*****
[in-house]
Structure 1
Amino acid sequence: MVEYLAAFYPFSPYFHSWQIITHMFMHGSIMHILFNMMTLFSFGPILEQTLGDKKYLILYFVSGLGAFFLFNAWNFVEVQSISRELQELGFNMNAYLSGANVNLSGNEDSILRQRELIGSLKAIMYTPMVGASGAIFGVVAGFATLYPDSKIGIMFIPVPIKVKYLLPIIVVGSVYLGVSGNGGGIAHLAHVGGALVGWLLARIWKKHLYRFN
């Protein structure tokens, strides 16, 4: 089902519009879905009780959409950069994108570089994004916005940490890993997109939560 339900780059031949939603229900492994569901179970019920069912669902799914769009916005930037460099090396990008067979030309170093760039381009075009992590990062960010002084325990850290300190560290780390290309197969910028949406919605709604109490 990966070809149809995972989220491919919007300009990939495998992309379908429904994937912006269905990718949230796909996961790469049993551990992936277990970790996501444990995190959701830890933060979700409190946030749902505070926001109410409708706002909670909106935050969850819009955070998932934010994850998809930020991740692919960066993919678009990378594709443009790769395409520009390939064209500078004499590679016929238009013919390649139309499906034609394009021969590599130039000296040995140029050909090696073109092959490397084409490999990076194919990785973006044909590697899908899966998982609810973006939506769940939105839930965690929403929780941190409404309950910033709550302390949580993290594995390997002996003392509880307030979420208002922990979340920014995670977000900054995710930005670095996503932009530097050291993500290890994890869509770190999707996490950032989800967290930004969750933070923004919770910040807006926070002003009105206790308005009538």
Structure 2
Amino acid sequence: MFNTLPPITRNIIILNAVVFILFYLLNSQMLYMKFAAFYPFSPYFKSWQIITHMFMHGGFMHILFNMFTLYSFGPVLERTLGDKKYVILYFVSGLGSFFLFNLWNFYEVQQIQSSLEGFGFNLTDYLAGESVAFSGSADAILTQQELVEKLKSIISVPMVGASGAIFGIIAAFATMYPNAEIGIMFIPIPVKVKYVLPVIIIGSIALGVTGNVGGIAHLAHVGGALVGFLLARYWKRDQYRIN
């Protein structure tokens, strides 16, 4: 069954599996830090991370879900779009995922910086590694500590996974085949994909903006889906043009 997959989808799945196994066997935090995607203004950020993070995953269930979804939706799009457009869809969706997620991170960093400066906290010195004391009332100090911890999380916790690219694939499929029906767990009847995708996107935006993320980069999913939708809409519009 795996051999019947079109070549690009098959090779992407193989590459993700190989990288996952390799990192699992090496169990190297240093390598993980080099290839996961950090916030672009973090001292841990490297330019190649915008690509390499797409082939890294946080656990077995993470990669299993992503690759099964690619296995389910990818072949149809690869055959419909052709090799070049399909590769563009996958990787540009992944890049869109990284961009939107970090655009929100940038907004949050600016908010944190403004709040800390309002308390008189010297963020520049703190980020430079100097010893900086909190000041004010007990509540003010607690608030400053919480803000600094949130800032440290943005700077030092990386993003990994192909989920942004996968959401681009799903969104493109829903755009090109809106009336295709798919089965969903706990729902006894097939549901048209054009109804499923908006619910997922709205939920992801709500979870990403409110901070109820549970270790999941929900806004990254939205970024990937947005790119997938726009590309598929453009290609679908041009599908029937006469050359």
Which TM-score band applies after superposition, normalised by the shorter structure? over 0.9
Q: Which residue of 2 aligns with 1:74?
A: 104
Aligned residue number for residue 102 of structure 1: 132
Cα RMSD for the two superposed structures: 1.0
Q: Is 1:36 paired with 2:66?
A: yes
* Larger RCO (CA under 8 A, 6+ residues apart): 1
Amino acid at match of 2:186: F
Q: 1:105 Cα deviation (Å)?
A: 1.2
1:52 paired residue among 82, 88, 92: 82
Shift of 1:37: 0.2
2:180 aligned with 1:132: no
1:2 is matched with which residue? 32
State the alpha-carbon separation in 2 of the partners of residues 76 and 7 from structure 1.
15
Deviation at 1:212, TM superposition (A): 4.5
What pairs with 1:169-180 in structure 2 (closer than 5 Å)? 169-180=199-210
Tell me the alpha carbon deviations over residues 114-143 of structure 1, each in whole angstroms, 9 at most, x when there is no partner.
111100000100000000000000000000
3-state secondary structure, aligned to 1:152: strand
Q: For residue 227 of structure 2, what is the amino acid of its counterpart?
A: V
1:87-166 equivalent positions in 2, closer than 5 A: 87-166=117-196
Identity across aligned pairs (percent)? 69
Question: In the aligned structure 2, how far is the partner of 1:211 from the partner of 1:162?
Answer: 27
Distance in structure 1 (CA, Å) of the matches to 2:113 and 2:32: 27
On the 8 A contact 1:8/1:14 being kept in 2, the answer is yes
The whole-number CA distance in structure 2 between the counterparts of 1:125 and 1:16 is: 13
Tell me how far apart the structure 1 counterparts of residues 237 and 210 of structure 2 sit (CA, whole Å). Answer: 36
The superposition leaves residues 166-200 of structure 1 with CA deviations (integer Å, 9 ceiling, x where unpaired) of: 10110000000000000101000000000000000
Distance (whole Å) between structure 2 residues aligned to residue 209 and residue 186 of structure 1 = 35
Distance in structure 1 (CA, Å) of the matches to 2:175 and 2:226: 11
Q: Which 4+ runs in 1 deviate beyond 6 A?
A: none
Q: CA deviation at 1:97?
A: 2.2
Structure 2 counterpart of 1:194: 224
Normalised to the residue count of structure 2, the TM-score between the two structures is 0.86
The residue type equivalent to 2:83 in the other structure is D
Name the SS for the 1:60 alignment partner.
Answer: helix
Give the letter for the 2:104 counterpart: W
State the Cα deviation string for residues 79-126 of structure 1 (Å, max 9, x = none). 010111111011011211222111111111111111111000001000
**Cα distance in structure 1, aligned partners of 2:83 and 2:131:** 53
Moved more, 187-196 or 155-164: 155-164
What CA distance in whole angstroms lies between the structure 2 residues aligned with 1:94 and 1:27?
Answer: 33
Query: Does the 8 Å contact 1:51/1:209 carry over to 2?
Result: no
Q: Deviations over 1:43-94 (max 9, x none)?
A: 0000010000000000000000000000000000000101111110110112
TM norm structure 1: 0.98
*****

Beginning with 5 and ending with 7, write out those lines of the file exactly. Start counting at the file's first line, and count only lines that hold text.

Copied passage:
Structure 2
Amino acid sequence: MFNTLPPITRNIIILNAVVFILFYLLNSQMLYMKFAAFYPFSPYFKSWQIITHMFMHGGFMHILFNMFTLYSFGPVLERTLGDKKYVILYFVSGLGSFFLFNLWNFYEVQQIQSSLEGFGFNLTDYLAGESVAFSGSADAILTQQELVEKLKSIISVPMVGASGAIFGIIAAFATMYPNAEIGIMFIPIPVKVKYVLPVIIIGSIALGVTGNVGGIAHLAHVGGALVGFLLARYWKRDQYRIN
């Protein structure tokens, strides 16, 4: 069954599996830090991370879900779009995922910086590694500590996974085949994909903006889906043009 997959989808799945196994066997935090995607203004950020993070995953269930979804939706799009457009869809969706997620991170960093400066906290010195004391009332100090911890999380916790690219694939499929029906767990009847995708996107935006993320980069999913939708809409519009 795996051999019947079109070549690009098959090779992407193989590459993700190989990288996952390799990192699992090496169990190297240093390598993980080099290839996961950090916030672009973090001292841990490297330019190649915008690509390499797409082939890294946080656990077995993470990669299993992503690759099964690619296995389910990818072949149809690869055959419909052709090799070049399909590769563009996958990787540009992944890049869109990284961009939107970090655009929100940038907004949050600016908010944190403004709040800390309002308390008189010297963020520049703190980020430079100097010893900086909190000041004010007990509540003010607690608030400053919480803000600094949130800032440290943005700077030092990386993003990994192909989920942004996968959401681009799903969104493109829903755009090109809106009336295709798919089965969903706990729902006894097939549901048209054009109804499923908006619910997922709205939920992801709500979870990403409110901070109820549970270790999941929900806004990254939205970024990937947005790119997938726009590309598929453009290609679908041009599908029937006469050359």